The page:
Also, charging less for online is ironic given that it often costs more to fulfill products.

Steve Montgomery
BrainTrust

Given that many customers research items online before heading to the store, price-matching when asked for is a must. Customers don’t care about the difference in the retailer’s cost to sell an item from its website versus from its brick-and-mortar stores.

As Max stated the bigger question is, should there be two prices in the first place? Given the cost differences it may not be possible for a retailer to do and price-matching, when asked, is the best they can do. From a consumer’s point of view that may be acceptable.

Doug Garnett
BrainTrust
3 years 11 months ago

It’s funny to me that this is even a question. Whatever we want to call the idea of selling across all channels, if a store wants its brand to remain vital for the long run, consumers need to trust that they’ll get the right deal regardless of where they buy.

To be honest I don’t even think there’s any losing money in the short term — because what’s never calculated in the short term is how many people walked away from a purchase because they were disgusted with pricing policies. Rather, the issue is profit that appears clear in a spreadsheet model with an extra few percentage points in price vs. profit that’s true in reality yet very hard to model in a spreadsheet.

Ralph Jacobson
Guest

Today, pricing strategy has to limit the “gut feel” inputs and optimize the transaction data store-by-store and match online pricing where appropriate and maximize top-line revenue elsewhere. The tools available today can take all of this guessing out of the decision process. Leverage what’s already out there.

Adrian Weidmann
BrainTrust

It’s hard to believe that retailers DON’T synchronize their on/offline prices! If there is one thing that being digital should have taught us is that there is no hiding! Digitally-empowered shoppers and transparency are one in the same. Any brand trying to squeeze margin dollars will be caught and the backlash can (and will) be costly. Apparently the obvious — isn’t! It takes a Harvard study to validate common sense and RetailWire to convert it to common knowledge.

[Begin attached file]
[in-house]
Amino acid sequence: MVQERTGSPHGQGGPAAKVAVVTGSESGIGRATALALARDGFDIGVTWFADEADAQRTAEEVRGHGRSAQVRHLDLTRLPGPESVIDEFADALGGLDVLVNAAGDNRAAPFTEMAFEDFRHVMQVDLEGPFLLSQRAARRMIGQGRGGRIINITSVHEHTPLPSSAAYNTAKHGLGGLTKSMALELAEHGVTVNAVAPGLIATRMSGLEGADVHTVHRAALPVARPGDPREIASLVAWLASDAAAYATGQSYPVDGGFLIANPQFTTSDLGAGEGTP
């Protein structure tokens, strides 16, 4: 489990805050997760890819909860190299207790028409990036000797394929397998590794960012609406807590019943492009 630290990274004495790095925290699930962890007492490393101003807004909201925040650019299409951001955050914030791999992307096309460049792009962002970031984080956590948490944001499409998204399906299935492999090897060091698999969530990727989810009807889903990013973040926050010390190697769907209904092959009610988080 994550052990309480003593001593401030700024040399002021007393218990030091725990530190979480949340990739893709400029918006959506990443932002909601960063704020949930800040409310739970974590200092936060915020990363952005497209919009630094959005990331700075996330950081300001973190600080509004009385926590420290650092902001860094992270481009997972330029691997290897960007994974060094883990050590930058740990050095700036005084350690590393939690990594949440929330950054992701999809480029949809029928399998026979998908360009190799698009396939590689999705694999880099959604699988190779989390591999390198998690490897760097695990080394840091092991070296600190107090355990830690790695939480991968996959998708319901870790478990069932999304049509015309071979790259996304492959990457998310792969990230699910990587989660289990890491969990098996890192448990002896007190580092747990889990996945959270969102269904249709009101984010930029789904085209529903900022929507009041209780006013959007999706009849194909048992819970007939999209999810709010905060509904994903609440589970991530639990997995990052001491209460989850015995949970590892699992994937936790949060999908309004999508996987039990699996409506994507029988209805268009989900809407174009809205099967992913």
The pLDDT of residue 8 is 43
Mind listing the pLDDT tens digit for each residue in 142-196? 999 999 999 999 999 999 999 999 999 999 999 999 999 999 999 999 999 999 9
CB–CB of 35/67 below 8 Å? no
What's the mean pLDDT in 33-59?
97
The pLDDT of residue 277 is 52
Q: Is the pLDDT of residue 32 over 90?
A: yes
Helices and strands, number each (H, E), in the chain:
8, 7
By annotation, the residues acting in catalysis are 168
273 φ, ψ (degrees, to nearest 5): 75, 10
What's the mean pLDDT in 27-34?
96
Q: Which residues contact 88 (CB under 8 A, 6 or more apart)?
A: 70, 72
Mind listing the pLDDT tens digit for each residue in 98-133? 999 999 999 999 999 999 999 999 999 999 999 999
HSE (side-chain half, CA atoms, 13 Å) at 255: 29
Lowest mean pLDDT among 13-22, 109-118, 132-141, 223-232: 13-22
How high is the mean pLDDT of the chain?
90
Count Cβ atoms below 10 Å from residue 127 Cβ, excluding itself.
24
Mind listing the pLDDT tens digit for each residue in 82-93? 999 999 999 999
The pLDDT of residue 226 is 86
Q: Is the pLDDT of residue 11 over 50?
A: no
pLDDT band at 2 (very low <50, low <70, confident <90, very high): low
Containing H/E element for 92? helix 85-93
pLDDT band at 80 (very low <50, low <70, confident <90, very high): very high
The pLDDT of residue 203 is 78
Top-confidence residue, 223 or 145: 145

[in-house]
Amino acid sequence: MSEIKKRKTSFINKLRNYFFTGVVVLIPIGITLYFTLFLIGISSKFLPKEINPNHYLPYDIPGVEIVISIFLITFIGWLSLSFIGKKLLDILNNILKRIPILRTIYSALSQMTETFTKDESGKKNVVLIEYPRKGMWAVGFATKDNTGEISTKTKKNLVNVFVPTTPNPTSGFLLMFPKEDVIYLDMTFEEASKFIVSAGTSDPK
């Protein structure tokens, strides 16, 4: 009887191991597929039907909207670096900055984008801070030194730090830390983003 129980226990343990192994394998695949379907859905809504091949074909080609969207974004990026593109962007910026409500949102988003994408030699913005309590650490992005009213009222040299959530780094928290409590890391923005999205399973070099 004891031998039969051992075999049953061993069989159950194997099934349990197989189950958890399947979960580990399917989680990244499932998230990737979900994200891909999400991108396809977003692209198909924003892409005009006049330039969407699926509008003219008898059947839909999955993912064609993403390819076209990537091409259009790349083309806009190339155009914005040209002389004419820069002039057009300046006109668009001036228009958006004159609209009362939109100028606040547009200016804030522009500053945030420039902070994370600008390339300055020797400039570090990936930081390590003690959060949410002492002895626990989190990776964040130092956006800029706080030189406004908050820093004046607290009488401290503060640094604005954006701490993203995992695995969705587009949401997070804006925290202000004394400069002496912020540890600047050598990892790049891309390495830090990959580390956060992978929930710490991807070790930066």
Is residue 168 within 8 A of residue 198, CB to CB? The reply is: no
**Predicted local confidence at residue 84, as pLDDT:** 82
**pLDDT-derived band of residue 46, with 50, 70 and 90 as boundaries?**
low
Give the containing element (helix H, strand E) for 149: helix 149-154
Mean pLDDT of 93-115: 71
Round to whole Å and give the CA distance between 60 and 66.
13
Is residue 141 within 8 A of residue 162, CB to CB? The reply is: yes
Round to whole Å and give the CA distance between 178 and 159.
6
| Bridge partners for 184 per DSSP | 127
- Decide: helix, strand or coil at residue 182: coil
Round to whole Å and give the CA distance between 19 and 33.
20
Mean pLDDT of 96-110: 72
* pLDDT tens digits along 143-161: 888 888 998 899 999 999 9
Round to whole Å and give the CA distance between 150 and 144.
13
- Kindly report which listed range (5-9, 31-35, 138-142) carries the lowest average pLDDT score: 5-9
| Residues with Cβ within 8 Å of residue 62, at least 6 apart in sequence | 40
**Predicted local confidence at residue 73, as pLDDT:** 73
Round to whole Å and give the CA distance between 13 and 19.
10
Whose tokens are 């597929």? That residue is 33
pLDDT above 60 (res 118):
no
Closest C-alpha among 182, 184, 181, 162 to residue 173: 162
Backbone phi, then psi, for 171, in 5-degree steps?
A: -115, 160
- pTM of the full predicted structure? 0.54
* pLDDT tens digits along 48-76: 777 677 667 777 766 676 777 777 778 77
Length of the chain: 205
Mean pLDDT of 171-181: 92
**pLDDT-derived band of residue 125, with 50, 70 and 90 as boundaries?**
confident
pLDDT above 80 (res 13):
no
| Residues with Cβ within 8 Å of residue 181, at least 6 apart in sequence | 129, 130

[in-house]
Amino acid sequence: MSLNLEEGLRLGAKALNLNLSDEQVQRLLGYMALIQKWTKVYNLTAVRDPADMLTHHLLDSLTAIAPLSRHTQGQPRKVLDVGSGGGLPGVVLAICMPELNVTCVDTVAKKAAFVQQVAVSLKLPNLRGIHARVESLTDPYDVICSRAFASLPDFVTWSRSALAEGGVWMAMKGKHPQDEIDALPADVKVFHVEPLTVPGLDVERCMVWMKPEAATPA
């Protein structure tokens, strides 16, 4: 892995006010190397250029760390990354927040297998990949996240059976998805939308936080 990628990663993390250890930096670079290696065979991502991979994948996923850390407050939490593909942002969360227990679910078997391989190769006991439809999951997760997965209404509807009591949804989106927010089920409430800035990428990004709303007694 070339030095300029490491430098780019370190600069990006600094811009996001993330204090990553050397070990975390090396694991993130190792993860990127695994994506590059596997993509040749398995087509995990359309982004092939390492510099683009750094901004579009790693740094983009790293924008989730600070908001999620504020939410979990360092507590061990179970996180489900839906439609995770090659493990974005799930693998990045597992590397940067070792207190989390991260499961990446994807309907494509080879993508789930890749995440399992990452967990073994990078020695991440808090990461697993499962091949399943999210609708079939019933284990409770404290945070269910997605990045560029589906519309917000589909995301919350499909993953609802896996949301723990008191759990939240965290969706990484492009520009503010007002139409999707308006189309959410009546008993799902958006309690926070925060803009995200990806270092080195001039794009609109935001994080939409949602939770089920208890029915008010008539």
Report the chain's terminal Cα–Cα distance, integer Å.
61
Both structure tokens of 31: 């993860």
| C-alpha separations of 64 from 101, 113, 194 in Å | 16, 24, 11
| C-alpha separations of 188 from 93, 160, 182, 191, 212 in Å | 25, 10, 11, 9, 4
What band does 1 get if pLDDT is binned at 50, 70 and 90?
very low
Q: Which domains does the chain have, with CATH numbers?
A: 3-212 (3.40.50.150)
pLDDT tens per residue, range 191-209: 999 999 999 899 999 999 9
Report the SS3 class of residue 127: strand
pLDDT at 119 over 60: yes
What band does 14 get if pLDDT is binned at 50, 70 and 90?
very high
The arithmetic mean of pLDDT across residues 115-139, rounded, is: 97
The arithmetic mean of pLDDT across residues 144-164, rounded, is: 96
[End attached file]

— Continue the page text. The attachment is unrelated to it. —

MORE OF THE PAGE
Shep Hyken
BrainTrust

I know someone who went to a brick-and-mortar store after researching their purchase online. The retailer refused to price match their own site. The customer walked out of the store and chose to never do business with them again. Customers now shop using different channels and retailers must create a consistent experience regardless of the channel they use — and that consistent experience includes price.

Ryan Mathews
BrainTrust

Why game pricing? Why not make channel pricing differences clear and explain the rationale? Customers would then have the option to pay extra for service or less for a routine purchase. Matching strategies assume that prices are different and that difference is what fuels consumer agita. As to why retailers are reluctant — that’s easy. Nobody gets excited sacrificing margin points.

Min-Jee Hwang
Guest

Price variations are sometimes necessary, but they can make shoppers distrust the retailer. The only thing worse than seeing uneven pricing is asking to price match the lowest available and being denied. When there is a shopper at the register, ready to check out, retailers must save the sale. Even if it means slightly lower margins on that item — at the end of the day, that is better than creating a poor customer experience, losing that sale, and potentially losing that customer for life. Shoppers want transparency and to feel like they are being treated fairly, but when channel-specific prices are necessary, shoppers must be able to get the lowest price to continue shopping with that retailer.

Christopher P. Ramey
BrainTrust

Self-match pricing only if you want customers to trust you or to return on occasion. Nobody wants to play “gotcha” on pricing.

wpDiscuz
Braintrust
"I don’t think it’s a coincidence that we’re seeing more price continuity as retailers consider the long-term impact of their pricing strategy."
"The only thing worse than seeing uneven pricing is asking to price match the lowest available and being denied."
"Why game pricing? Why not make channel pricing differences clear and explain the rationale? "